Jordan Peele Interrogates the Horror of Middle Class Obliviousness with Us

“No one wants to talk about the end of the world.”

– Zora Wilson (Shahadi Wright Joseph), Us

“Therefore thus saith the LORD, Behold, I will bring evil upon them, which they shall not be able to escape; and though they shall cry unto me, I will not hearken unto them.”

– Jeremiah 11:11, King James Bible

With Get Out, Jordan Peele established himself as a genre filmmaker with genuine ambition. His debut feature – which earned him a Best Screenplay Oscar, critical plaudits and impressive box office receipts – springboarded a familiar paranoiac thriller into a deep-seated contemplation on modern racism. Get Out was deep, exploring themes of polite middle-class racism and the exploitation, glorification and ‘gentrification of black bodies’, to quote Us star Winston Duke. Get Out was terrifying, embodying the escalating discomfort of being unwelcome and disempowered in a way that even resonates with the whitest audience member (me). Get Out was, more than anything, clever, succeeding as an allegory and a direct, simple horror film in the one package.

With Us, Peele expands both his scope and his ambition. While that renders the film slightly less effective as a pure horror package – it’s neither as scary nor as consistently engaging as Get Out – the depth and ambiguity of Us’s underlying metaphors is satisfying and thought-provoking in a way that eclipses most contemporary horror films. Like all great horror, Us understands the root cause behind its scares. In this case, Peele recognises that the true threat of home invasion – here enacted by uncanny doppelgangers – is its perversion and destabilisation of middle class security. Rather than simply exploit those fears, he interrogates them, following this thematic thread to its natural – and entirely unnatural – conclusion.

The premise of Us is initially straightforward. An eerie prologue enigmatically establishes the existence of doppelgangers, with a prepubescent Adelaide (Madison Curry) encountering her mirror in an empty amusement hall on the beaches of Santa Cruz. Decades later, now played by Lupita Nyong’o and at the head of a nuclear family unit – husband Gabe (Duke), daughter Zora (Wright Joseph) and son Jason (Evan Alex) – Adelaide returns to Santa Cruz to encounter odd coincidences. Images from her past, moments of doubling and mirroring that portent poorly. Those portents are realised with the arrival of a red-clad doppelganger family, who swiftly occupy their house and make their nefarious intentions clear.

So too does Peele make his intentions clear. From the get-go, he’s unambiguous about the allegorical underpinnings of Us; when asked who they are, Adelaide’s double Red simply replies “Americans.” The metaphor grows and mutates from there, but the twists and turns awaiting in the film’s second and third acts further underline the subtext of the film. But while Us makes its thematic thrust clear – apocalyptic inequality through a lens of class in contemporary America – it keeps its specifics broad enough to allow for a prismatic breadth of interpretations. I’m not convinced by the critique that Us’s metaphor is too direct; its overriding ambiguity leaves a kind of itch in your brain that encourages you to go over the film’s precise particulars again and again … and maybe even buy a ticket for a rewatch.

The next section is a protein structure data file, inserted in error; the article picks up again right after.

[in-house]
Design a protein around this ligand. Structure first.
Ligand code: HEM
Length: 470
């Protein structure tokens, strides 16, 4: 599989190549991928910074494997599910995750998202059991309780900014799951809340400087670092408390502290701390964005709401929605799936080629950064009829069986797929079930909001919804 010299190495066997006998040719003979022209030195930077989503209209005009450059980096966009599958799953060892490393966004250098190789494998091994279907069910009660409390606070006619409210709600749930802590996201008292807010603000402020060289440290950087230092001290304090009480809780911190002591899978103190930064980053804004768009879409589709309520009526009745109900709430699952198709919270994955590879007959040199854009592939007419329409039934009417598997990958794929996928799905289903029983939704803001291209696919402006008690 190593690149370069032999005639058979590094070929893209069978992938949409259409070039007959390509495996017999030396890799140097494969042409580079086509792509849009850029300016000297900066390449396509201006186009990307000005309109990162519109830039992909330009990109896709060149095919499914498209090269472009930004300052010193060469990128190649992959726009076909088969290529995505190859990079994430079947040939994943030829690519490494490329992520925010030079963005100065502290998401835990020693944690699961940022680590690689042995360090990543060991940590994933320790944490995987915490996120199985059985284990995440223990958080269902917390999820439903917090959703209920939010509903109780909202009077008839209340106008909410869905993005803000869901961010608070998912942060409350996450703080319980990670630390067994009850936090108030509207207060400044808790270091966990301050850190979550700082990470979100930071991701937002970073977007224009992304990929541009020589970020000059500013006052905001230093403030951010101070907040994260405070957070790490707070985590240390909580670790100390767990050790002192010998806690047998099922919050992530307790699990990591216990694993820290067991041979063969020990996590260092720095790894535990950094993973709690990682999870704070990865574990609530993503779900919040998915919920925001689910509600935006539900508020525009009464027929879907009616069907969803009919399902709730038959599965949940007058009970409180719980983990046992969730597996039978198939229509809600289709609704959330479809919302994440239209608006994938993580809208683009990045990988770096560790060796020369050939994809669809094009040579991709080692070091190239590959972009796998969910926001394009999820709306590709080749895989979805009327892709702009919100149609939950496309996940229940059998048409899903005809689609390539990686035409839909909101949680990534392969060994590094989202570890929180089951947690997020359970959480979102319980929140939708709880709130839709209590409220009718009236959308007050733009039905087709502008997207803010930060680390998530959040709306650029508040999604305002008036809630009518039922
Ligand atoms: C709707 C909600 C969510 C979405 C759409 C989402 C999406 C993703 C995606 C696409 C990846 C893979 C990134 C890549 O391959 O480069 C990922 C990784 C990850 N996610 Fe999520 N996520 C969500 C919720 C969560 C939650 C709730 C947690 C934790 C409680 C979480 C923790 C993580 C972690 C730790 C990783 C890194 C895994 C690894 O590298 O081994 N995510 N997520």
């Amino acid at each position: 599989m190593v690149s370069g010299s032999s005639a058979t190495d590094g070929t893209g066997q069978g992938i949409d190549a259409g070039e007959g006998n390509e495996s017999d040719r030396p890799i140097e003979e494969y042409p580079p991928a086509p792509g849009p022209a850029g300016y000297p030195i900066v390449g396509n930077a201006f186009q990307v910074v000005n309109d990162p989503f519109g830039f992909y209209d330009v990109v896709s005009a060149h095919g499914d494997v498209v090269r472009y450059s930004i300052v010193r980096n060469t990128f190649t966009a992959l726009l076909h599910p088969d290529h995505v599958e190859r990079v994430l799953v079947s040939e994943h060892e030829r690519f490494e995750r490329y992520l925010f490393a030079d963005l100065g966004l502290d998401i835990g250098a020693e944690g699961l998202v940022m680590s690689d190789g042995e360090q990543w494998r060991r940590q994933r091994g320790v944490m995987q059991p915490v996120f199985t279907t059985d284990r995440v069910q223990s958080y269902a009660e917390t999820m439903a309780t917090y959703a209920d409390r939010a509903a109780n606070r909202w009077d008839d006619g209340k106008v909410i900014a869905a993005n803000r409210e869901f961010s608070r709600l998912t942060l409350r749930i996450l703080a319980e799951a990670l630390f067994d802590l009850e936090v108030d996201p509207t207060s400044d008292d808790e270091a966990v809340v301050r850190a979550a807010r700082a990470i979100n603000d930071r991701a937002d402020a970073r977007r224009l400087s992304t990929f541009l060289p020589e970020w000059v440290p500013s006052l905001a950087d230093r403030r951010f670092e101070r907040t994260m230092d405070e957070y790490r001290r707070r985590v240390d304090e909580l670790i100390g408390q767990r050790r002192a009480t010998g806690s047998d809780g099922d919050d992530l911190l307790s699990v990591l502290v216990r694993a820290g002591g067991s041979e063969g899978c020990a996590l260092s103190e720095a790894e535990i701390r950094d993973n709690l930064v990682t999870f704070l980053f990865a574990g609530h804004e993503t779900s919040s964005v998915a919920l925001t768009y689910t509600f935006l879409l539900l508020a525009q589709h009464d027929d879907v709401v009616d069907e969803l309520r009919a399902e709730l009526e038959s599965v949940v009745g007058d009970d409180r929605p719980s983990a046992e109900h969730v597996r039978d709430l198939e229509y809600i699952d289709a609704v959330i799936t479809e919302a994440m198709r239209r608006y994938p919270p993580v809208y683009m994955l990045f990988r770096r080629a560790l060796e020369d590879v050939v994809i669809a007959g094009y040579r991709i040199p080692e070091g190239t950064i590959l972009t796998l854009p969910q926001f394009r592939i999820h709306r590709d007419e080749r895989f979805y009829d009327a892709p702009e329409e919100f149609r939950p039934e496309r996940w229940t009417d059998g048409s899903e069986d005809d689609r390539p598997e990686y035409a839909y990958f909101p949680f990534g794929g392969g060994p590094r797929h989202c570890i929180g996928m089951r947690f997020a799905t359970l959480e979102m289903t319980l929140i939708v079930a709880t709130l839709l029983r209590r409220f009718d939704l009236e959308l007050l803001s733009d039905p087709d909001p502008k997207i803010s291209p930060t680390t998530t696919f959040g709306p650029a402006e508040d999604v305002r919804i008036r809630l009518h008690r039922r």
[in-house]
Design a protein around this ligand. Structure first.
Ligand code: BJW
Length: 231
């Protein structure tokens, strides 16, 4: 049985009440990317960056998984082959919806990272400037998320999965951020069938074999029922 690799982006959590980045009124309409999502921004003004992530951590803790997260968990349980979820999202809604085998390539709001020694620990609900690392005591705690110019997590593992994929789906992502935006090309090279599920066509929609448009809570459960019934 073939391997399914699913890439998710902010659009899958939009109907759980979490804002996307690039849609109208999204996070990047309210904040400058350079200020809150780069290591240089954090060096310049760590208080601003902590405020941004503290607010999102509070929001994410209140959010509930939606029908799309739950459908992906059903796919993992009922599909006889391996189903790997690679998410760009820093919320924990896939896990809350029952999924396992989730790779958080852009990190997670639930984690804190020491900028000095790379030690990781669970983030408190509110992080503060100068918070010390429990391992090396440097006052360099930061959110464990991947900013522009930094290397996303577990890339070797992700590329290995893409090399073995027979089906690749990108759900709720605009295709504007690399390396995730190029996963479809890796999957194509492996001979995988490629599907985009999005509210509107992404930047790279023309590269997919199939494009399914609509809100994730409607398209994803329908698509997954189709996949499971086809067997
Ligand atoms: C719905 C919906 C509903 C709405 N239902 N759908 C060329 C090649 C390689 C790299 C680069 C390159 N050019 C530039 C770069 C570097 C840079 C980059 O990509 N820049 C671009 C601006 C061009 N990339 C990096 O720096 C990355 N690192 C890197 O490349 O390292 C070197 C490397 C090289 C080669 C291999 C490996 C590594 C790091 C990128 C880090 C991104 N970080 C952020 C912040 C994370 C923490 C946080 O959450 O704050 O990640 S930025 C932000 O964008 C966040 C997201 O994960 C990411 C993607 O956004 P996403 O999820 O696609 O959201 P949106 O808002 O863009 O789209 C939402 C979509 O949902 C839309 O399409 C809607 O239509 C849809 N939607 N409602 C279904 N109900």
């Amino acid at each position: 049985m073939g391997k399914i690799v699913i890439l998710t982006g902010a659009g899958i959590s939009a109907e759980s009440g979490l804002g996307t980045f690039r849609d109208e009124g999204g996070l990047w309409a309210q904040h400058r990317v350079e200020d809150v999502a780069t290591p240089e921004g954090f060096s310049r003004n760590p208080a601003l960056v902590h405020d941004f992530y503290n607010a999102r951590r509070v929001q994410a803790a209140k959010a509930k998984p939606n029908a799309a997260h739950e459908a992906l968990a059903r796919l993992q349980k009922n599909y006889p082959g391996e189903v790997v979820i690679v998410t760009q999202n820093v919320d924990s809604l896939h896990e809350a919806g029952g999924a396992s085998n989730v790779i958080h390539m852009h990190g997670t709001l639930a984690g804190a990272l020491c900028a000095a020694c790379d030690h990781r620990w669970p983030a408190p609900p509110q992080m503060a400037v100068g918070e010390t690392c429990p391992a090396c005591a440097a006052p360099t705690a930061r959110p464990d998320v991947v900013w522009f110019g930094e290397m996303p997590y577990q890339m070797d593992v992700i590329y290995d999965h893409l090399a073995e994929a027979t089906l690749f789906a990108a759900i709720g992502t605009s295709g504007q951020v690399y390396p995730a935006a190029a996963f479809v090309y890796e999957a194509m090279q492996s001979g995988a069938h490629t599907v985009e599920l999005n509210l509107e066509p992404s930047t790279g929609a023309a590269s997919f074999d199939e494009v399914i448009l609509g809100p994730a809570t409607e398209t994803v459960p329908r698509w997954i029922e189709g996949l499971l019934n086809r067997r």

I think that speaks to the strengths and weaknesses of Peele’s brand of genre filmmaking. The genre thrills of Us and Get Out are arguably undermined by an insistence of over-exposition. In Get Out, Stephen Root arrests the film’s momentum with a lengthy clarifying monologue; Nyong’o’s Tethered self is task with a similar, if more involved, speech in Us. This kind of storytelling isn’t restricted to Peele of course (Hitchcock, a big influence, used this technique often, mostly infamously at the end of Psycho). And it’s easy – and accurate! – to complain about how it undercuts the natural horror tension in each film. (Also worth pointing out how Us shifts from horror to horror-comedy to post-apocalyptic nightmare.)

However, while it does make each film (moreso Us) less effective as pure horror, it makes the subtext far more compelling. Horror is usually about the fear of the unknown. Horror sequels that insist on explanation and backstory tend to underwhelm by puncturing the central mystery of their antagonists. But Peele isn’t interested in a fear of the unknown; he’s interested in why we aren’t afraid of the known. Why are we terrified of bumps in the night and boogiemen in our closets, but we ignore the dangers of institutionalised racism and an encroaching apocalypse born of extreme capitalistic greed? By explaining most of the details of his diegesis, Peele ensures that we leave the cinema pondering big questions like this rather than logistical ones (though, granted, there are a few of those too).

Us is the rare film that rewards over-analysis; it lays out its thematic threads but refuses to tie them off. For me, the one thread that really resonates rhymes with my own lived experience. I can vividly remember awaking to news of the 9/11 catastrophe on my alarm clock radio, and my first reaction to my family was a simple “Holy shit.” My mum immediately replied with, “Language, David.” A close mirror of that scene occurs in Us (with the parent/child roles swapped), and it clarifies the import of that moment from nearly two decades ago. As members of the middle class, we focus relentless on shallow politeness, overthinking the signifiers of class and wealth – are we dressed correctly? Is our house as nice as theirs? Do I earn enough money? – while paying little attention to the shadow cast by the true threats to the society. Us is a film about that obliviousness – and so much more.

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